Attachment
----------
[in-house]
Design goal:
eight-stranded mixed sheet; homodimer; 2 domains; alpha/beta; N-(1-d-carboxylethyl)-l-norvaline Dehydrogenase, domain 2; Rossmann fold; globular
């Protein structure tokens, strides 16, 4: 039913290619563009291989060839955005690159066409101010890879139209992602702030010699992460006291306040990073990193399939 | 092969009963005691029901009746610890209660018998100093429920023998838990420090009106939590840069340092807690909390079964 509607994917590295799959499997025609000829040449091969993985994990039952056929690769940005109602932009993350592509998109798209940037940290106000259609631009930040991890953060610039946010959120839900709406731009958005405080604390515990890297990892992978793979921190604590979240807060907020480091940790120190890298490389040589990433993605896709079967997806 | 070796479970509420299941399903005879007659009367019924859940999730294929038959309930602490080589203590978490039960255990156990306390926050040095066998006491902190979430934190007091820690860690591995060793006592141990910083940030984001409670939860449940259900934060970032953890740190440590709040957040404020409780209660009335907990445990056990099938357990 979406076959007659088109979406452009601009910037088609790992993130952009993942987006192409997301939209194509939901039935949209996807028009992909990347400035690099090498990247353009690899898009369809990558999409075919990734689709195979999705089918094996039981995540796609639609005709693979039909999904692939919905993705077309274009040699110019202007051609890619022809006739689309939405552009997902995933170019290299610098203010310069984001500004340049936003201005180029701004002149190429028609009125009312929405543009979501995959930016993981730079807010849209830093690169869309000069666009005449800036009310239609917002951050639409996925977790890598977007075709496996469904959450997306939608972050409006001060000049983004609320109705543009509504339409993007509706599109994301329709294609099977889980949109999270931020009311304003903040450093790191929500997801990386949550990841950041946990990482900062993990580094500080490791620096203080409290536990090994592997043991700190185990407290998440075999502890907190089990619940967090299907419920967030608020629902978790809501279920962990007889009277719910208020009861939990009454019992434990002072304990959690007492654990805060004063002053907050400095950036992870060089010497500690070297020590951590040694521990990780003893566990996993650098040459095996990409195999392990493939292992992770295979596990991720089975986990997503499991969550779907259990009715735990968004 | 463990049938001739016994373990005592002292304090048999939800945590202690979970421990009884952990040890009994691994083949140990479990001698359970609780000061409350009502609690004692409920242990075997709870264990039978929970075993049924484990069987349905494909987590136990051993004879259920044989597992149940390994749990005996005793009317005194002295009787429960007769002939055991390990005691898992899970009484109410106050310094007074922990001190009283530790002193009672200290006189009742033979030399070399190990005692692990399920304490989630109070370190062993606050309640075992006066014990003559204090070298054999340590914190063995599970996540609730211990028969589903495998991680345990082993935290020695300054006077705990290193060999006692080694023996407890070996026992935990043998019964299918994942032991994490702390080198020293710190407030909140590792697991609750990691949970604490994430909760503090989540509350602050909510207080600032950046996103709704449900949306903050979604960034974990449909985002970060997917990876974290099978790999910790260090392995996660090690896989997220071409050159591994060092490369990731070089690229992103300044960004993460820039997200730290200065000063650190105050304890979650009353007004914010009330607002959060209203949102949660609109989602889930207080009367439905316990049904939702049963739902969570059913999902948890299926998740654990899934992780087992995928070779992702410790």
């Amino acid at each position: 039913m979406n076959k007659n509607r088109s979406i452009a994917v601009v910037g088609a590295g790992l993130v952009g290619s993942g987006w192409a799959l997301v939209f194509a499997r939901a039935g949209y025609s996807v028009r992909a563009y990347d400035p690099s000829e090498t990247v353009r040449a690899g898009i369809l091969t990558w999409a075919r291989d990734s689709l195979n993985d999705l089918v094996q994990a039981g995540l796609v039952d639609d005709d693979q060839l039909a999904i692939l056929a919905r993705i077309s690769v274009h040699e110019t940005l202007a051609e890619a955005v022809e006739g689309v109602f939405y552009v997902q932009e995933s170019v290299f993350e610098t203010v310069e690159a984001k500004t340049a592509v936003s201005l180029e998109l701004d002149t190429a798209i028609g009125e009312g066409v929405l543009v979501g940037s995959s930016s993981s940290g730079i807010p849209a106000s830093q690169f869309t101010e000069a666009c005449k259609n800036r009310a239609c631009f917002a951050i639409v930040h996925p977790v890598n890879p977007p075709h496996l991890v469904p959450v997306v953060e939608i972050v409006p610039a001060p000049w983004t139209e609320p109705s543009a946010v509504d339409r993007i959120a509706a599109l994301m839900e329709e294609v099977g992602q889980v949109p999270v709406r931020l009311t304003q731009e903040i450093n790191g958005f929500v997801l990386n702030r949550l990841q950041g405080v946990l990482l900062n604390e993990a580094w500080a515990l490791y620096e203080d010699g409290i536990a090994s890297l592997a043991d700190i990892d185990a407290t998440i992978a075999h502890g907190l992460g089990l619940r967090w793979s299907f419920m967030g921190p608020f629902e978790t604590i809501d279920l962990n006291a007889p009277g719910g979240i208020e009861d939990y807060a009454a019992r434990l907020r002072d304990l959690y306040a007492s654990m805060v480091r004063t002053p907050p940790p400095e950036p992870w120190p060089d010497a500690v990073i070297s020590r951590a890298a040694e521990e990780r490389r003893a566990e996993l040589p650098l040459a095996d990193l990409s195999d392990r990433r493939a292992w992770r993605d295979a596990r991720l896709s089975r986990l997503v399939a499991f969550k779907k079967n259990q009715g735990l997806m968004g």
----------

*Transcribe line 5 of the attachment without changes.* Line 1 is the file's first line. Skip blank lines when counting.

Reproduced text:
């Amino acid at each position: 039913m979406n076959k007659n509607r088109s979406i452009a994917v601009v910037g088609a590295g790992l993130v952009g290619s993942g987006w192409a799959l997301v939209f194509a499997r939901a039935g949209y025609s996807v028009r992909a563009y990347d400035p690099s000829e090498t990247v353009r040449a690899g898009i369809l091969t990558w999409a075919r291989d990734s689709l195979n993985d999705l089918v094996q994990a039981g995540l796609v039952d639609d005709d693979q060839l039909a999904i692939l056929a919905r993705i077309s690769v274009h040699e110019t940005l202007a051609e890619a955005v022809e006739g689309v109602f939405y552009v997902q932009e995933s170019v290299f993350e610098t203010v310069e690159a984001k500004t340049a592509v936003s201005l180029e998109l701004d002149t190429a798209i028609g009125e009312g066409v929405l543009v979501g940037s995959s930016s993981s940290g730079i807010p849209a106000s830093q690169f869309t101010e000069a666009c005449k259609n800036r009310a239609c631009f917002a951050i639409v930040h996925p977790v890598n890879p977007p075709h496996l991890v469904p959450v997306v953060e939608i972050v409006p610039a001060p000049w983004t139209e609320p109705s543009a946010v509504d339409r993007i959120a509706a599109l994301m839900e329709e294609v099977g992602q889980v949109p999270v709406r931020l009311t304003q731009e903040i450093n790191g958005f929500v997801l990386n702030r949550l990841q950041g405080v946990l990482l900062n604390e993990a580094w500080a515990l490791y620096e203080d010699g409290i536990a090994s890297l592997a043991d700190i990892d185990a407290t998440i992978a075999h502890g907190l992460g089990l619940r967090w793979s299907f419920m967030g921190p608020f629902e978790t604590i809501d279920l962990n006291a007889p009277g719910g979240i208020e009861d939990y807060a009454a019992r434990l907020r002072d304990l959690y306040a007492s654990m805060v480091r004063t002053p907050p940790p400095e950036p992870w120190p060089d010497a500690v990073i070297s020590r951590a890298a040694e521990e990780r490389r003893a566990e996993l040589p650098l040459a095996d990193l990409s195999d392990r990433r493939a292992w992770r993605d295979a596990r991720l896709s089975r986990l997503v399939a499991f969550k779907k079967n259990q009715g735990l997806m968004g």